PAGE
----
These rules are stablished in the Chicago Convention on International Civil Aviation(https://en.wikipedia.org/wiki/Chicago_Convention_on_International_Civil_Aviation), that specifies, among others, that:
Article 13: (Entry and Clearance Regulations) A state's laws and regulations regarding the admission and departure of passengers, crew or cargo from aircraft shall be complied with on arrival, upon departure and whilst within the territory of that state.
Also, in the best practices:
5.9 The aircraft operator shall be responsible for the cost of custody and care of an improperly documented person from the moment that person is found inadmissible and returned to the aircraft operator for removal from the State.
5.14 Contracting States shall not fine aircraft operators in the event that arriving and in-transit persons are found to be improperly documented where aircraft operators can demonstrate that they have taken adequate precautions to ensure that these persons had complied with the documentary requirements for entry into the receiving State.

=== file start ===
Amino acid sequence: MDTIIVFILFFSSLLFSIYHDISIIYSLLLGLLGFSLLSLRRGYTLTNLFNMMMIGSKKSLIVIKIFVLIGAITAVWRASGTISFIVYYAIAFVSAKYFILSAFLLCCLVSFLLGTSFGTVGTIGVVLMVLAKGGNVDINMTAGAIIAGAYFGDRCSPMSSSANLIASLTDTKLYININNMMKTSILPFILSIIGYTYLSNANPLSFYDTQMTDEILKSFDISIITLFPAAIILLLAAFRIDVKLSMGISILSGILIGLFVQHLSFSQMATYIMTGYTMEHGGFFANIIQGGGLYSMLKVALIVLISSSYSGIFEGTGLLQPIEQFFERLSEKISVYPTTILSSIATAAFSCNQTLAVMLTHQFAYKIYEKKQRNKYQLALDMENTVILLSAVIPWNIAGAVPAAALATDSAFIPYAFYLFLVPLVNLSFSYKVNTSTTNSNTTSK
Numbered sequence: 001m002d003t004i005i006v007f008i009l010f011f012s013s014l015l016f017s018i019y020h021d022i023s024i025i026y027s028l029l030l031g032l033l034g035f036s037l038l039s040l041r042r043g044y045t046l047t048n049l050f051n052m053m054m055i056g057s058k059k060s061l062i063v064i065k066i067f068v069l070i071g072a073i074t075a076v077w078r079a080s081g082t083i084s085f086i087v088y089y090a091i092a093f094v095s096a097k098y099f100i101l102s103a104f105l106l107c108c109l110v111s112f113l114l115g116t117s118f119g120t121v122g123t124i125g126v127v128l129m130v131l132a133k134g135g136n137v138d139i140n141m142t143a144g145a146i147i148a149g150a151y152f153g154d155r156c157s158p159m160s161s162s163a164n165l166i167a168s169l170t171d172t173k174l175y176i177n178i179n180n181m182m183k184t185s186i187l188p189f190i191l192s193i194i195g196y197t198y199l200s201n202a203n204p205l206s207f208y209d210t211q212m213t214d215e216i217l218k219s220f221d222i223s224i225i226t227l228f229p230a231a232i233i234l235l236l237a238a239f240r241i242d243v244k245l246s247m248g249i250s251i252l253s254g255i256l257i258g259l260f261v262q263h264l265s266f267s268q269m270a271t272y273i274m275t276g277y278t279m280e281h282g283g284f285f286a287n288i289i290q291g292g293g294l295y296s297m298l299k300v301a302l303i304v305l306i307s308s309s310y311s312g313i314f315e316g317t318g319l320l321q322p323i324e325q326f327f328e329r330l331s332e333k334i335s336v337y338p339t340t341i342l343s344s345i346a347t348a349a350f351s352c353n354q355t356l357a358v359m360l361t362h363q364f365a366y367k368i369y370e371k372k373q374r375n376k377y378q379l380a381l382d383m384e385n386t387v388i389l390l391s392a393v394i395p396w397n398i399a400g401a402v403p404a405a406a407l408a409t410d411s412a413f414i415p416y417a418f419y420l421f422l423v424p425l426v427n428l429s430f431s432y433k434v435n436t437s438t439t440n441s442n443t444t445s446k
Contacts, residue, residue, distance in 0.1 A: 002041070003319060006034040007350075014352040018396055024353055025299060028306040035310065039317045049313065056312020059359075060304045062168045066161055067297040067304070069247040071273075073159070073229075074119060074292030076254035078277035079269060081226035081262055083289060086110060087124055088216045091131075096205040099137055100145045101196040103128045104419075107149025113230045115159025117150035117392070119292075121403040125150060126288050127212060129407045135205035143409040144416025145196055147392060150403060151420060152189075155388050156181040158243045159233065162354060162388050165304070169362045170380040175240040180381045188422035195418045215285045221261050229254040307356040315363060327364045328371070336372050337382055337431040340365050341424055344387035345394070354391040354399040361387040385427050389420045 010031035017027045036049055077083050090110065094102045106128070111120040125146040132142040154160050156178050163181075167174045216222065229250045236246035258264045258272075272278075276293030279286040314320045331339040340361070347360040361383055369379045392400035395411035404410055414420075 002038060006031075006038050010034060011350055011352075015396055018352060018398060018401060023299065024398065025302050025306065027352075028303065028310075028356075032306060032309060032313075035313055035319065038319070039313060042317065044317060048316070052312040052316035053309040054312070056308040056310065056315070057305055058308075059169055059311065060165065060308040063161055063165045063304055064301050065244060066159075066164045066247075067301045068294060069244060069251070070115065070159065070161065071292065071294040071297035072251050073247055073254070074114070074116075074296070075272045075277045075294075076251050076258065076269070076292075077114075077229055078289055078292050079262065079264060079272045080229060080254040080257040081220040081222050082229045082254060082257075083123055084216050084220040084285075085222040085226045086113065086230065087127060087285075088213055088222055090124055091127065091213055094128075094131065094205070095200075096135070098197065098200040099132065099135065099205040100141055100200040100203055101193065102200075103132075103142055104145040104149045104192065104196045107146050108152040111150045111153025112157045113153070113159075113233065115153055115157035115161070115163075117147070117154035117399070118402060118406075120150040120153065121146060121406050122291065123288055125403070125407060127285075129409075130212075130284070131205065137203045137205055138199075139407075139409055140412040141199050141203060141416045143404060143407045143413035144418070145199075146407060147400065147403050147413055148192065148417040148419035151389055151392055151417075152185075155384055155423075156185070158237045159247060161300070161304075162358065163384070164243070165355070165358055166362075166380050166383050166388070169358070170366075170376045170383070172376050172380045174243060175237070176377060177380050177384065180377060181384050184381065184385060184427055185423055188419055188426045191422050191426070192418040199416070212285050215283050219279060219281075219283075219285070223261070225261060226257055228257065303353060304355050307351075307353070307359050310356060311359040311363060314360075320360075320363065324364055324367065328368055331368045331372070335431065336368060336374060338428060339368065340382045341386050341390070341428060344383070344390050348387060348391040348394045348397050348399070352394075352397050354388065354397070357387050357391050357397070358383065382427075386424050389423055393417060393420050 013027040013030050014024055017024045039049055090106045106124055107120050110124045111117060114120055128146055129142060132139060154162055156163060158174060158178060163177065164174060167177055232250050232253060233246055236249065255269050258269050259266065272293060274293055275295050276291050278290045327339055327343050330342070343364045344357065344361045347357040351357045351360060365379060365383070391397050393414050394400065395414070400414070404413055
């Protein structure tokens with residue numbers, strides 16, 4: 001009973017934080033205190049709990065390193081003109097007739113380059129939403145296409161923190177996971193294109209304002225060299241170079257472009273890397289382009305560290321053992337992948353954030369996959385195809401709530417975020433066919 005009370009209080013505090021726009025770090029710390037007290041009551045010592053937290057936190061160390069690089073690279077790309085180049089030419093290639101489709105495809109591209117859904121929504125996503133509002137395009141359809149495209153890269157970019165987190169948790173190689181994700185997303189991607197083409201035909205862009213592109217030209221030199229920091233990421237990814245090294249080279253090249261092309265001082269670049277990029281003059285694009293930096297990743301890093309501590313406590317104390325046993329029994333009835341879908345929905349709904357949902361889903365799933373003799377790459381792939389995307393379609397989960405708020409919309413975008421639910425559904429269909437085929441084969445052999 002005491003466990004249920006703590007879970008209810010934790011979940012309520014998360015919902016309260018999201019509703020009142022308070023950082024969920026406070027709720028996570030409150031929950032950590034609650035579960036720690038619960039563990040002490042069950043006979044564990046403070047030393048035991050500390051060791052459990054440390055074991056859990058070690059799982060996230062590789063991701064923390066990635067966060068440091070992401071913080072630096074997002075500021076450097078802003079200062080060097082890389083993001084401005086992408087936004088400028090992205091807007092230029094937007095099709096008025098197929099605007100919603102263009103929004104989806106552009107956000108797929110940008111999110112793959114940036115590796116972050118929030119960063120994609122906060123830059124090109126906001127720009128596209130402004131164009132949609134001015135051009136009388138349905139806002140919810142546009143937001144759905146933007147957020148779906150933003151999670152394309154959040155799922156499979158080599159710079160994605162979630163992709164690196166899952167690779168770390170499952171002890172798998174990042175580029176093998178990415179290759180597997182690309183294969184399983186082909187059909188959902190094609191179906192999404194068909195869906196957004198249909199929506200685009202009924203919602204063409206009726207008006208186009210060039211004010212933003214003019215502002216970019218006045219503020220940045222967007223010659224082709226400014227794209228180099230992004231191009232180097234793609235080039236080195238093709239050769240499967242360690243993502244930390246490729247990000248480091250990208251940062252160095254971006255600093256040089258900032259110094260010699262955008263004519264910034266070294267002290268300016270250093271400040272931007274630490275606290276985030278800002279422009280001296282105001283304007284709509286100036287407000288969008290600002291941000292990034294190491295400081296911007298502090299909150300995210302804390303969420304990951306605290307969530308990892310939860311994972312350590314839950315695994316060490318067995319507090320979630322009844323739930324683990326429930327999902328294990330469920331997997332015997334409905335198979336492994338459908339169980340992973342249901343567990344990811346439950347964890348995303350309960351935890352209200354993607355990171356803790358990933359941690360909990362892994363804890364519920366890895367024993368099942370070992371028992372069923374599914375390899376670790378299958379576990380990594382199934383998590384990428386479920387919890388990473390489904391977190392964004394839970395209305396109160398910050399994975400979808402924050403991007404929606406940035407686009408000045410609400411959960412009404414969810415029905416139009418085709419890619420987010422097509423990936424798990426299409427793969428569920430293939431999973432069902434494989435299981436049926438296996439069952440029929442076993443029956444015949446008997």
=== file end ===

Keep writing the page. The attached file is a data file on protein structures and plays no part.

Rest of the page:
About your particular question, it is the airline's duty to ensure that no people without proper travel documents board the plane, so that check is usually done by airline employees.
Policemen may be in charge of security (X-rays/scanner machines, ensure that nobody boards with another person's boarding card), but they are not airline personal, and are not trained to be so. I guess the policeman thought he was just being helpful by telling you what he believed was right, but in any case it was just his opinion.
In fact, airline employees themselves usually do not know the document requirements (because they depend not only of where the flight departs to/from, but also of your nationality and even more factor) and they mostly check with databases like Timatic.
And, as stated in other answers, no, you cannot sue (or you can try, but you will nothing out of it). There are two guilty parts here: yourself, who failed to travel with the required documents, and the airline, that failed to check those.
The airline may be fined by the Israeli government; you were detained and expelled from Israel and may be requested by the airline to pay for the return flight.